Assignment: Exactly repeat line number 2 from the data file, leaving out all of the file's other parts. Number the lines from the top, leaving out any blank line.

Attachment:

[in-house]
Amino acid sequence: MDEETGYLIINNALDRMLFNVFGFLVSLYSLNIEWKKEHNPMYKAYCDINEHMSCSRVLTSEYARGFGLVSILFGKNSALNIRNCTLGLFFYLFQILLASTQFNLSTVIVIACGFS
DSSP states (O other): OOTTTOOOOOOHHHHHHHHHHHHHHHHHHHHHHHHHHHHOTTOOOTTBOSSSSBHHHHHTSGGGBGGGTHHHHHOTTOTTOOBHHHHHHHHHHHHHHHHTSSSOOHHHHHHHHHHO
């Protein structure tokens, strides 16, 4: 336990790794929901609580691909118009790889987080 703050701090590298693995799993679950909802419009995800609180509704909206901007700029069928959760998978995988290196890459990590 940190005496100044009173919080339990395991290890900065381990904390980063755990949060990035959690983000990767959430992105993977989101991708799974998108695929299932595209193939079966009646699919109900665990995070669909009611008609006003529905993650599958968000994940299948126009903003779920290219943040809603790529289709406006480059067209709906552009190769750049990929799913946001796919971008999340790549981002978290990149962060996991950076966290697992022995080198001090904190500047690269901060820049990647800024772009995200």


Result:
Amino acid sequence: MDEETGYLIINNALDRMLFNVFGFLVSLYSLNIEWKKEHNPMYKAYCDINEHMSCSRVLTSEYARGFGLVSILFGKNSALNIRNCTLGLFFYLFQILLASTQFNLSTVIVIACGFS